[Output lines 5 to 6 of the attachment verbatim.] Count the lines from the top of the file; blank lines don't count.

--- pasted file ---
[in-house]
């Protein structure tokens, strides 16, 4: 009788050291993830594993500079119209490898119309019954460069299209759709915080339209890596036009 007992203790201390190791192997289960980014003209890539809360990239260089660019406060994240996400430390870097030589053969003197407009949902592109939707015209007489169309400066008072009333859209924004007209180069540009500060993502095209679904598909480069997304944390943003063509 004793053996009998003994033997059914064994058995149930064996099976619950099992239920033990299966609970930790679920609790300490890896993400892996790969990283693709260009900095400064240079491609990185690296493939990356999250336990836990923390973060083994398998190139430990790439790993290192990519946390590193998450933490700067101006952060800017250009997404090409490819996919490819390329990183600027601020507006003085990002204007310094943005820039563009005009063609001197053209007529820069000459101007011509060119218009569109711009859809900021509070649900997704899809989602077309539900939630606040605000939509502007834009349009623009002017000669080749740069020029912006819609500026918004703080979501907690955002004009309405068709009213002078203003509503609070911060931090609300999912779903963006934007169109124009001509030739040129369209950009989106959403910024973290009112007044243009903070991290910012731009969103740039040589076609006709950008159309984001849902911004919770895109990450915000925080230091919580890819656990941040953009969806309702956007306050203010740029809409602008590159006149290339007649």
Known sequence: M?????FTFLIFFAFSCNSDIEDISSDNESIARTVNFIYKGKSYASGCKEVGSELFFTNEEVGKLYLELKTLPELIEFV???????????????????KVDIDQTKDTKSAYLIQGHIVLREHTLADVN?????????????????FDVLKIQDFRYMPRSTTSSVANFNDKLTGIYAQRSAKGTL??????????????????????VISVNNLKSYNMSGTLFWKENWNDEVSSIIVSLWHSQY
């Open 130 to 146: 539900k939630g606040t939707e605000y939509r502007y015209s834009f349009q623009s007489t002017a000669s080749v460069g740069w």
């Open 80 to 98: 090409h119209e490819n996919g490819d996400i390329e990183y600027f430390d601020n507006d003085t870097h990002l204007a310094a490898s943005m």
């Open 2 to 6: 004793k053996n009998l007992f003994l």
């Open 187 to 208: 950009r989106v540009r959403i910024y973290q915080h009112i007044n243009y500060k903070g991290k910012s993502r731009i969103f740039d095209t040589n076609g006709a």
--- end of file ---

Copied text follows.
């Open 80 to 98: 090409h119209e490819n996919g490819d996400i390329e990183y600027f430390d601020n507006d003085t870097h990002l204007a310094a490898s943005m």
């Open 2 to 6: 004793k053996n009998l007992f003994l």